In our one-shot story, my group fought corrupt police forces, raced away in an SUV, and were chased down by a Golemmech mechanical armored suit. Action and intrigue were high while the players sought to investigate their bad setup and to clear their names. In time, they decided to attack the mega corporation that wronged them in the only way they could get answers, by hacking in through The Deep.
In too Deep
Sadly, in gaming, no matter how much fun the session is, it can be marred by one bad scene. When the players first entered the virtual world I gave them a chance to design their Avatars. Because Avatar depictions are completely independent of actual stats, their representation online could like like anything they describe. Some chose Avatars similar to their “real world” character designs, while others took far out and wild designs. The player made descriptions were completely free, as well as funny in some cases. But sadly, when the dice began to roll in The Deep, the fun started to dwindle. The mechanics for determining the stats of the virtual character bring the simple systems of Savage Worlds down even a step further, everything about the character including his new Defense and Firewall scores, which replace Parry and Toughness, are all derived from the Hacking skill. This boil down of characteristics leaves little room for variation in The Deep. These constraints are not limited to the player experience, in The Deep, all combatant programs used by the Game Master are given a description regarding their appearance, and in some cases a special ability, but for those programs, their dice rolls are all derived from the network or Domain they run in. This makes for some very repetitive Hacking/Combat experiences within The Deep.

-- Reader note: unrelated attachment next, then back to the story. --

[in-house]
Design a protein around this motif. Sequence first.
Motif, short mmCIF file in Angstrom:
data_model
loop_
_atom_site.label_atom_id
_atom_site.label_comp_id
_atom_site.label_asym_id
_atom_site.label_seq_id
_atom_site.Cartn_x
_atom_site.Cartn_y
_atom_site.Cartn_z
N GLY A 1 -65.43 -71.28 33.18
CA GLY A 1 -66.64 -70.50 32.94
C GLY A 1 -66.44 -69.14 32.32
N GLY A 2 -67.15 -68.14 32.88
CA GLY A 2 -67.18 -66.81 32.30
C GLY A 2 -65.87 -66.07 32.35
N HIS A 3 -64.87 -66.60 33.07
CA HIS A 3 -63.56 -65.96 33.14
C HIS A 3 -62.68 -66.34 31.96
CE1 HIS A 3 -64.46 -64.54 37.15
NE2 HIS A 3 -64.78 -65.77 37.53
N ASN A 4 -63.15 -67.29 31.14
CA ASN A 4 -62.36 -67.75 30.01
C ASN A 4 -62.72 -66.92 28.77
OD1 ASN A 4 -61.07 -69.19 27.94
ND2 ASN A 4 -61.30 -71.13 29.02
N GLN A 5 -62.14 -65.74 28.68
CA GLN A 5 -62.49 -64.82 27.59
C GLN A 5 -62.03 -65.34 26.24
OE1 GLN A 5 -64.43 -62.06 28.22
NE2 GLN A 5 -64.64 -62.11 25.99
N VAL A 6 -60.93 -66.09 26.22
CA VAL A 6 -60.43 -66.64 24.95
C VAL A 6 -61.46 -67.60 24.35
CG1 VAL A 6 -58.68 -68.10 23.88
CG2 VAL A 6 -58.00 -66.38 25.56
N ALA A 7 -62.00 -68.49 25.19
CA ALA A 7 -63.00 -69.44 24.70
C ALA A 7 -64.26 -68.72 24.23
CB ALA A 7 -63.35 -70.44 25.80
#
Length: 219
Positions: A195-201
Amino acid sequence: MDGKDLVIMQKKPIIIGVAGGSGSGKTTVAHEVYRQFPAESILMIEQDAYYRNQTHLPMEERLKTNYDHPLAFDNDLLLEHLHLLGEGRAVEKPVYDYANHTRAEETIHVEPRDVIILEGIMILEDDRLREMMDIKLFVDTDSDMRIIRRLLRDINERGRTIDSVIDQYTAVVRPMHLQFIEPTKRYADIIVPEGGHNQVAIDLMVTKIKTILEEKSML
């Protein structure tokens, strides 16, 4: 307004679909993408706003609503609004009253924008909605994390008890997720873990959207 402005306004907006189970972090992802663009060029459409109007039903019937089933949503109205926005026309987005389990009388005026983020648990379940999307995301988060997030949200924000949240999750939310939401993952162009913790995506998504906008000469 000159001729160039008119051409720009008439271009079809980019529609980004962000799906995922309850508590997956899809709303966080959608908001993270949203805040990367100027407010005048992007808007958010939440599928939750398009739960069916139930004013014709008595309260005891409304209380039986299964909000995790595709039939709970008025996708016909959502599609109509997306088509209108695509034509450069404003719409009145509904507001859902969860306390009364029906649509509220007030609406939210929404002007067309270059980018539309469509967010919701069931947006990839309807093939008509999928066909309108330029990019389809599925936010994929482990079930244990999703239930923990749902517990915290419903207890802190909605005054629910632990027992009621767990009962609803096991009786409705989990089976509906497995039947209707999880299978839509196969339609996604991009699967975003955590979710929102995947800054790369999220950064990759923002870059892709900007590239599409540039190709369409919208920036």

Another concern regarding The Deep is the “magic” system replacement used within. Players can run or even create their own programs, which, for some reason, have limited uses per purchase or creation, as opposed to perhaps a Power Points system typical to Savage Worlds. Descriptions and use of these programs are very basic, and the list is particularly short, making combat in The Deep even more repetitive. During our session, the play actually became so intolerable, that I offered the group the chance to skip the scene, everyone hurriedly agreed. I wrapped up the fight with some description, gave the party the Hacking roll successes needed to find the information they needed, and moved on to the next scene, logged out and moving on to spread the word of the corruption of their corporate conspirators. Recharged and excited to move on, the energy picked up in the room as the players returned to their “skin” and didn’t rely on only Hacking roll after Hacking roll.